The mitochondria are structures in body cells that produce energy for cell activities. Without sufficient energy, cells cannot function normally. Mitochondrial disease can be inherited or it can occur when a gene mutation occurs, according to information from the United Mitochondrial Disease Foundation.
A Tiffin teen, Alex Sendelbach, was diagnosed with mitochondrial disease as a toddler. His parents, Laura and Cory Sendelbach, along with other family members, have planned the second "Swing for a Cure for Alex" golf scramble Aug. 17 at Seneca Hills Golf Course.
The proceeds are to be donated to UMDF, a non-profit organization founded in 1996. Its mission is to promote research and education for the diagnosis, treatment and cure of mitochondrial disorders and to provide support to affected individuals and families.
Alex Sendelbach is shown playing in the sand at Lake Erie in June.
"He was 14 months when he started having seizures, and he was almost 3 when he was diagnosed. We were lucky. We went to Cleveland Clinic early and they were really good at diagnosing it. But a lot of people don't get a diagnosis early," Laura said.
Alex's local pediatrician referred him to the clinic. Besides seizures, Alex's symptoms included developmental delays and lack of growth.
The UMDF website states the disease may affect hearing and sight and damage the heart, liver, kidneys and endocrine, respiratory and digestive systems.
"I guess there's a lot of variations. ... It's different in every kid. They compare it to the Energizer Bunny with batteries running low," Laura said.
Physical therapy, occupational therapy and speech therapy were prescribed to help Alex overcome some of his disabilities.
He is about to enter seventh grade at Mohawk Schools, where he studies in a multi-handicapped class.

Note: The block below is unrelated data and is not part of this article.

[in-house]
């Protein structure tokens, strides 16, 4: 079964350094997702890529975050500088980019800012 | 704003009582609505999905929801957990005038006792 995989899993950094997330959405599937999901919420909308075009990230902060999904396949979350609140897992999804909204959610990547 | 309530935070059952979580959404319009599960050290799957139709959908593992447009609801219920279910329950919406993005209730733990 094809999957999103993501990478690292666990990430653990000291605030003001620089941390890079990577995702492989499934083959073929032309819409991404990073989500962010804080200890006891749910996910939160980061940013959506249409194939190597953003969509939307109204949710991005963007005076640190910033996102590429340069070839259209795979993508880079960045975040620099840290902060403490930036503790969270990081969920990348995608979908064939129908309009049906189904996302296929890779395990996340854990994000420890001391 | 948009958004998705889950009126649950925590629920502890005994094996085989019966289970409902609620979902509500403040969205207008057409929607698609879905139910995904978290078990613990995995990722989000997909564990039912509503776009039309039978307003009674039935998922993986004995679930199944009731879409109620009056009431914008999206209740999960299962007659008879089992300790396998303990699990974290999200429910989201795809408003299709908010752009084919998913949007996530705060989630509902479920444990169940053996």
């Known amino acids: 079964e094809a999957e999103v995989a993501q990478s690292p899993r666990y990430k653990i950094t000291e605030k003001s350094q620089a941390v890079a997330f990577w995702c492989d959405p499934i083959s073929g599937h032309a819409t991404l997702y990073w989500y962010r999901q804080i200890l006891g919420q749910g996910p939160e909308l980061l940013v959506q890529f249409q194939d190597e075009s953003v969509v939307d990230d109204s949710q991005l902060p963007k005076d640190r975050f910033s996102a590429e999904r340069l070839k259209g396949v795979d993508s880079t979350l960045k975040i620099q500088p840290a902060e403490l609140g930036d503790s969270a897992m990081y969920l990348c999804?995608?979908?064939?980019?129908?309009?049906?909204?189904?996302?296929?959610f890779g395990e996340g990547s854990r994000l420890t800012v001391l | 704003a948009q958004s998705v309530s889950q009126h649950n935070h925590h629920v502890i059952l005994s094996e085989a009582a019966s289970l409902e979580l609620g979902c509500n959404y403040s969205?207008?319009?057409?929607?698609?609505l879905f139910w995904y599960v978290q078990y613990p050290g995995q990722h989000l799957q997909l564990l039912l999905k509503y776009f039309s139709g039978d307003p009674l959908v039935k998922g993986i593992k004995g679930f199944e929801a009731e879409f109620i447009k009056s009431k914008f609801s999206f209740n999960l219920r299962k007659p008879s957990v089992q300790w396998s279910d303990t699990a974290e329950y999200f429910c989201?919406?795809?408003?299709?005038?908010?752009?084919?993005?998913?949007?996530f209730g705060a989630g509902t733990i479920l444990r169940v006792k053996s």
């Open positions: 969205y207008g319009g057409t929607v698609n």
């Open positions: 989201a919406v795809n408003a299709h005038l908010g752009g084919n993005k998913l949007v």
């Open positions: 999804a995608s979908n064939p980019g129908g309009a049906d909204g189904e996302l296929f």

Laura said he likes school and is progressing as well as possible.
She is waiting to see how the disease will affect Alex as he enters puberty. Although he likes sports, he cannot participate in "official" sports. This summer, he participated in Special Olympics for the first time.
"He loved that, but he doesn't have the attention span to do baseball or something like that." Laura said.
Alex has a younger sister who also exhibited some minor symptoms of mitochondrial disease. She takes a "mito cocktail" that is not covered by insurance. It is a supplement of special vitamins that may limit or prevent symptoms.
"When Alex started taking it, his seizures went from 30 minutes to 30 seconds, so it definitely does something for him." Laura said.
Registrations for the golf scramble have been slow in coming. The deadline to sign up is Monday.
Laura said she was
encouraged by the response to the first Swing for a Cure last year.
"It went really well. We only had 10 teams, but we made $3,000 for UMDF, so for our first year, we were happy," Laura said. "I wanted people to know, too, there are going to be some small kids' activities and raffles, so people can stop out. Even if they don't golf, there are other things to do, and they can see Alex."
Check-in for golfers is 8 a.m. with a shotgun start at 8:30. There will be prizes for first-, second- and third-place teams, for the best-dressed player and a prize for anyone hitting a hole-in-one on hole 18.
A cart and lunch are included in the fee of $50 per person or $200 per four-member team. Hole sponsors are still being accepted at $50 each.
For registration and information, visit www.swingforacureforalex.com, email laura1973
email@example.com, or call (419) 618-1779 or (419) 448-4670.